3. We also excerpt two Town Halls for the two main candidates, eaerlier in the week.
  4. The Iowa caucus takes place on Jan. 15th.
Source: See additional excerpts from the pre-Iowa caucuses.

2024 Presidential shake-out: December 21, 2023

25 days until Iowa caucus

The field of candidates is now set for the start of the primary season. Who's in as the vote-counting starts, and who's out?

For the upcoming Iowa caucus and New Hampshire primary, there are 5 candidates remainging running in the Republican primary, and 3 candidates running in the Democratic primary.

Source: Try our VoteMatch quiz today - now including Dr. Jill Stein and Rep. Dean Phillips.

Fourth GOP Presidential debate: Dec. 6, 2023

4 contenders in Tuscaloosa

    The Republican National Committee established these qualifications for the 4th debate:
  1. Participants must have 6% of the vote in multiple polls (an increase from 4% in the 3rd debate)
  2. Participants must have 80,000 unique donors (an increase from 70,000 donors in the 3rd debate)
  3. Participants must sign a pledge to support the party's eventual 2024 nominee (Trump does not qualify for this criteria, but Trump was invited anyway. Trump did not counter-program against this debate).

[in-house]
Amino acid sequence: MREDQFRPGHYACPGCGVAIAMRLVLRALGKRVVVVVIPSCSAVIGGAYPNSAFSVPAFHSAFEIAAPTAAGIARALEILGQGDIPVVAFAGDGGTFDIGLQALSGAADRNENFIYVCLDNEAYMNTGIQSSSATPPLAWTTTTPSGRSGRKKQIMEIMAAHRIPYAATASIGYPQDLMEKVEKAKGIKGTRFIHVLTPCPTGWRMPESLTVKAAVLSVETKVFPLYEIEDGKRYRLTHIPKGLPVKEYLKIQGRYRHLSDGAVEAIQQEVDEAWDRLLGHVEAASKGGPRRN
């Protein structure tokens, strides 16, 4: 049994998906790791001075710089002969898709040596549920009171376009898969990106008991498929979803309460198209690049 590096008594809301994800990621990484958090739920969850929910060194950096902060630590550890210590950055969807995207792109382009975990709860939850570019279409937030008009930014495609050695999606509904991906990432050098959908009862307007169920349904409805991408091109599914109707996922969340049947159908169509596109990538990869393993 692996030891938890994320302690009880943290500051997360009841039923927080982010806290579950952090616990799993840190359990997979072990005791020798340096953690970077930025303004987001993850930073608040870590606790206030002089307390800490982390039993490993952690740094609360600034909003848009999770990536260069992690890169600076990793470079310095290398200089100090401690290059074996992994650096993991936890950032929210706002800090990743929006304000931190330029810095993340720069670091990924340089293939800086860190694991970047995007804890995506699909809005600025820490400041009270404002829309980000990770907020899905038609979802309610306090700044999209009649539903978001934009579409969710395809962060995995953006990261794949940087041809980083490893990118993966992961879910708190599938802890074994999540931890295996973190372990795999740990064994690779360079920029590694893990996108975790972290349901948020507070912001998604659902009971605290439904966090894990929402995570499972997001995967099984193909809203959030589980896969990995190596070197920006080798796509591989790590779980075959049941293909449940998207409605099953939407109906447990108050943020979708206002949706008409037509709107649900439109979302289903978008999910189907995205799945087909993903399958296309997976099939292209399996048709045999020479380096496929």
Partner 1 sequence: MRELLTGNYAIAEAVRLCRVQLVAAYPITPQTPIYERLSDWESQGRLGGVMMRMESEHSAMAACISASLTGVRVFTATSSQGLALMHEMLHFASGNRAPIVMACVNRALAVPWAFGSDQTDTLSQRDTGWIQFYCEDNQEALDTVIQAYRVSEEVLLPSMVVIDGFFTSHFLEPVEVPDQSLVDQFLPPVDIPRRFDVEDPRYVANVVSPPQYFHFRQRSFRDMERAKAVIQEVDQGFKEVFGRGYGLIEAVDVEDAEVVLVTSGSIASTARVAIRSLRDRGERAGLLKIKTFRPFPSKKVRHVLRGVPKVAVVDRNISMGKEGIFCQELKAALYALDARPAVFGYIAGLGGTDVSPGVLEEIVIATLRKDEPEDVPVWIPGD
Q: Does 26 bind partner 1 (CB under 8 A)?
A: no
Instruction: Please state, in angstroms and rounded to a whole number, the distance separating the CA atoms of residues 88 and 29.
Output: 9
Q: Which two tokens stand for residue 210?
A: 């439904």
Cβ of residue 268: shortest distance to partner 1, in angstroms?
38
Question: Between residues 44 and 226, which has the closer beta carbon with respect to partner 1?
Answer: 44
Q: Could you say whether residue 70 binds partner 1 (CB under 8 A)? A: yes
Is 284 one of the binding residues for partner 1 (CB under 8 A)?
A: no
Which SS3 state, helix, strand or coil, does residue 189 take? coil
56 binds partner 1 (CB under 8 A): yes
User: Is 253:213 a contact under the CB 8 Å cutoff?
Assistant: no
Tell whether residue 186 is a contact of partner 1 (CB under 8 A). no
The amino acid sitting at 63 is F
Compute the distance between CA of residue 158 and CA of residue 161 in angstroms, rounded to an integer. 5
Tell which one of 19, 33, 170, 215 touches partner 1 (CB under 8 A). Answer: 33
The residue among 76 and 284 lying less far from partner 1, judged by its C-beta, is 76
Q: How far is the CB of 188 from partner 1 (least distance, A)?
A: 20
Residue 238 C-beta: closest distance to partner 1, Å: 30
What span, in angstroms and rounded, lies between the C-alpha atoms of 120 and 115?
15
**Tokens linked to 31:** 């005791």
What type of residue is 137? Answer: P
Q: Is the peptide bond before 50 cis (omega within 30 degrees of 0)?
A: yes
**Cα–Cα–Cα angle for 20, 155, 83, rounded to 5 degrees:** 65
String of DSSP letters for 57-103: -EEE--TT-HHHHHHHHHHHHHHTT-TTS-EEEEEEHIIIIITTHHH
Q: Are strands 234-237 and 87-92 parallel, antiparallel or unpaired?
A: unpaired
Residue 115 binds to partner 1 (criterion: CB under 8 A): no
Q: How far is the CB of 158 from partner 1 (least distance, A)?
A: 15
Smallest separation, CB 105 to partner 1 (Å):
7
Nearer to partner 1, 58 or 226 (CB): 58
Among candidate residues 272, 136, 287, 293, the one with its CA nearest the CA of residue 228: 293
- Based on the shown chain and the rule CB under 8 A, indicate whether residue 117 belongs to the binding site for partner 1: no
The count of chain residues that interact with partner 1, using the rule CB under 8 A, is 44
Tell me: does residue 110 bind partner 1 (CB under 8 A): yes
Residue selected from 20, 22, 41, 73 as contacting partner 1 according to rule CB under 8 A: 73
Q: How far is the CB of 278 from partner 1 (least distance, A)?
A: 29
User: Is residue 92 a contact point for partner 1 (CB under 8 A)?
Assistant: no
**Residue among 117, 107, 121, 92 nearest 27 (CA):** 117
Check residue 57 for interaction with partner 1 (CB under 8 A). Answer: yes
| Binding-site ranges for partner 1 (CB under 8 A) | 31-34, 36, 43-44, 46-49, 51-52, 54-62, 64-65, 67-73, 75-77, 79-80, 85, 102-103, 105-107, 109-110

• NewsNation Republican Primary Debate in Tuscaloosa (University of Alabama)
  • Moderated by Megyn Kelly of SiriusXM; Elizabeth Vargas of NewsNation; and Eliana Johnson of Washington Free Beacon
  • The fourth and final Republican Presidential Primary Debate of 2023, from the University of Alabama; broadcast on News Nation and the CW.
Source: See additional excerpts from the NewsNation GOP debate.

2024 Gubernatorial primaries: Nov. 26th, 2023

Candidates for Governor in 13 states

The 2023 Governor races are all decided now, so we begin our coverage of the 2024 Governor races in thirteen states. Click on the state name below to see our coverage of the primary races, or click on each candidate's name to see their VoteMatch responses.

Source: Try our VoteMatch quiz today - where all of the gathered excerpts match YOUR issue stances.

Third GOP Presidential debate: Nov. 8, 2023

5 contenders in Miami

    The Republican National Committee established these qualifications for the 3rd debate:
  1. Participants must have 4% of the vote in multiple polls (an increase from 3% in the 2nd debate)
  2. Participants must have 70,000 unique donors (an increase from 50,000 donors in the 2nd debate)
  3. Participants must sign a pledge to support the party's eventual 2024 nominee.